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What Is In You . . . Let It Out March 19, 2010

Posted by nrhatch in Life Balance, Mindfulness, Music & Dance.

A short time ago, I received an e-mail from Heron Dance about Billie Holiday which resonated with me ~ touching as it did on the value of allowing our own lights to shine:

Billie Holiday’s life was one of extreme poverty, prostitution, drug abuse, time in prison and abusive relationships. She was a black female vocalist working during Jim Crow and experienced heartbreaking racism. Despite that, perhaps in part because of that, her work as a jazz vocalist has a power that transcends time. 

In 1936, she was hired to perform at the Grand Terrace in Chicago for seventy-five dollars a week. She accompanied Fletcher Henderson’s orchestra and accepted the gig full of enthusiasm. But after a very few performances she was fired and denied payment.

She sang too slow, according to the club’s owner, Ed Fox.  Babe Matthews, whose singing was more appropriate for dancing, was hired in Billie’s stead.

Afterwards, her manager, Joe Glaser, reportedly told her, “You’ve got to speed up the tempo, you gotta sing hot stuff.’

Billie refused, ‘I want to sing like I want to sing . . .  that’s my way of doing it.”

Rather than capitulating, she followed her own vision.  Today, Billie Holiday is regarded by many as the most influential jazz singer who ever lived.  In 1948, eleven years after being fired in Chicago, Billie performed to a sold-out audience at Carnegie Hall. Babe Matthews who took Billie’s place at the Grand Terrace is largely forgotten.

Roderick W. MacIver, who wrote the Heron Dance article, continued by saying:

 I don’t think Holiday’s influence is due to the quality of her voice. She was a good singer, but her voice was often thin, raspy and lacked range. Her power came from her devotion to her inner song, her inner rhythm, which she stuck with during the hard, barren years and during the chaos of the rest of her life.

That vision, that inner rhythm, comes in part out of a willingness to confront your fears. It takes courage to offer your art to the world, and to stick with it through indifference and even rejection. It takes courage to enter your inner world and bring to the surface what you find.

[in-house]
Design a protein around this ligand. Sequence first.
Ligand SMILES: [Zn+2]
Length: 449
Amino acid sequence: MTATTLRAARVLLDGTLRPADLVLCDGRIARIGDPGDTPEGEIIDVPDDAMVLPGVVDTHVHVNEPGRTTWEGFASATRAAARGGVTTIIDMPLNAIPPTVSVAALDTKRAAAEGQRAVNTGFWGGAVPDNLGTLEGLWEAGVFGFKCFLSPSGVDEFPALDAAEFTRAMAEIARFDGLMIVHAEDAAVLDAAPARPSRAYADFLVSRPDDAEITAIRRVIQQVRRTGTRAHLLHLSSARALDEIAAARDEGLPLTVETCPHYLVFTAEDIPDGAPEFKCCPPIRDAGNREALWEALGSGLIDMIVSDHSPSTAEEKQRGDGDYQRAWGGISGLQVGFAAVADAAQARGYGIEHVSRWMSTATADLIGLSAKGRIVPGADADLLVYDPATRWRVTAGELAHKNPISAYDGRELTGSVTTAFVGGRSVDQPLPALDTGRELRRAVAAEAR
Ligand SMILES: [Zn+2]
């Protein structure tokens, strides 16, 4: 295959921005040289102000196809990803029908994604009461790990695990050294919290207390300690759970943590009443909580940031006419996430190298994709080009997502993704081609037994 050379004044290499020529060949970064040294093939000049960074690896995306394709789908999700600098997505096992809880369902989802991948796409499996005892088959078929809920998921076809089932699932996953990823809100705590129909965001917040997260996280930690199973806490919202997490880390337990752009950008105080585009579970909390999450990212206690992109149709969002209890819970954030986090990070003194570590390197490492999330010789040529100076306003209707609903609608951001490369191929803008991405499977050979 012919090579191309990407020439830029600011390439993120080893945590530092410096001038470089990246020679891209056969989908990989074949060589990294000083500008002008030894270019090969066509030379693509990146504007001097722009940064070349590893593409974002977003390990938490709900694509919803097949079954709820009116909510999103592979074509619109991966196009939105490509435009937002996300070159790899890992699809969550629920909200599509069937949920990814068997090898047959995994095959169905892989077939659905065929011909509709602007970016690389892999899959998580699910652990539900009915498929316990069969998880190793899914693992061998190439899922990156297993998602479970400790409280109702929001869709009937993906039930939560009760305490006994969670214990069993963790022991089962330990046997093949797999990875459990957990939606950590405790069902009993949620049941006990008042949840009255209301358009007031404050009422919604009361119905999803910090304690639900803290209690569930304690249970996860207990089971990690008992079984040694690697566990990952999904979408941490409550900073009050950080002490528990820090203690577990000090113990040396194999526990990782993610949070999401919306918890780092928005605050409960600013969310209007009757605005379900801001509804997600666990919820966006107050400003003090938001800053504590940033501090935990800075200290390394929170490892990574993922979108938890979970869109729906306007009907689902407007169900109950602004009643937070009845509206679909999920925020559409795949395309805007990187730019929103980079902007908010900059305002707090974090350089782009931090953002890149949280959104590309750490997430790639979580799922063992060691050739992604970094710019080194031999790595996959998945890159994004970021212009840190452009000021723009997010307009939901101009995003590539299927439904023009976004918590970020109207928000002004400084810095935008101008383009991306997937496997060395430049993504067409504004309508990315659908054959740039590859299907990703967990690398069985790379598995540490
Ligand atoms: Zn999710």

(The Billie Holiday story and notes above come in part from John Chilton’s biography, Billie’s Blues: The Billie Holiday Story 1933-1959.)

What is in you . . . let it out.

“Make your own kind of music.  Sing your own special song.  Make your own kind of music . . . even if nobody else sings along.” ~ The Mamas & The Papas

Aah . . . that’s better!

Related post:  Ruby Hunter Revealed Her Soul In Her Music (Global Mysteries)


1. Joanne - March 19, 2010

This is especially meaningful to me right about now… It reminds me of this quote that came from who knows where: “I’d rather be loathed for who I am than loved for who I am not.” It’s posted in my Facebook profile and it’s my daily reminder to take control of my own life by staying on my own unique course — no matter who approves or not… Thanks, Nancy, for this inspirational example…!

2. nrhatch - March 19, 2010

Thanks, Joanne. I feel the same way.

If I pretend to be someone I’m not and people like me . . . I’ve gained nothing, because they’ve fallen in love with a “mask.”

And if they didn’t like the “pretend me,” I’d be left wondering if the real me would have fared better.

So, yes, I’d rather be disliked for who I am than loved for who I am not.

3. nancycurteman - June 4, 2010

Billie Holliday has such a haunting voice. I can almost hear her singing “Strange Fruit.”
The words are so heartrending about the multitude of Blacks hanged in the South: “Southern trees bear a strange fruit, Blood on the leaves and blood at the root.” Thanks for writing about an American icon.

nrhatch - June 4, 2010

The first time I heard “Strange Fruit,” it stayed with me for weeks . . . a haunting song.

Sounds like Ruby Hunter used music in much the same way.

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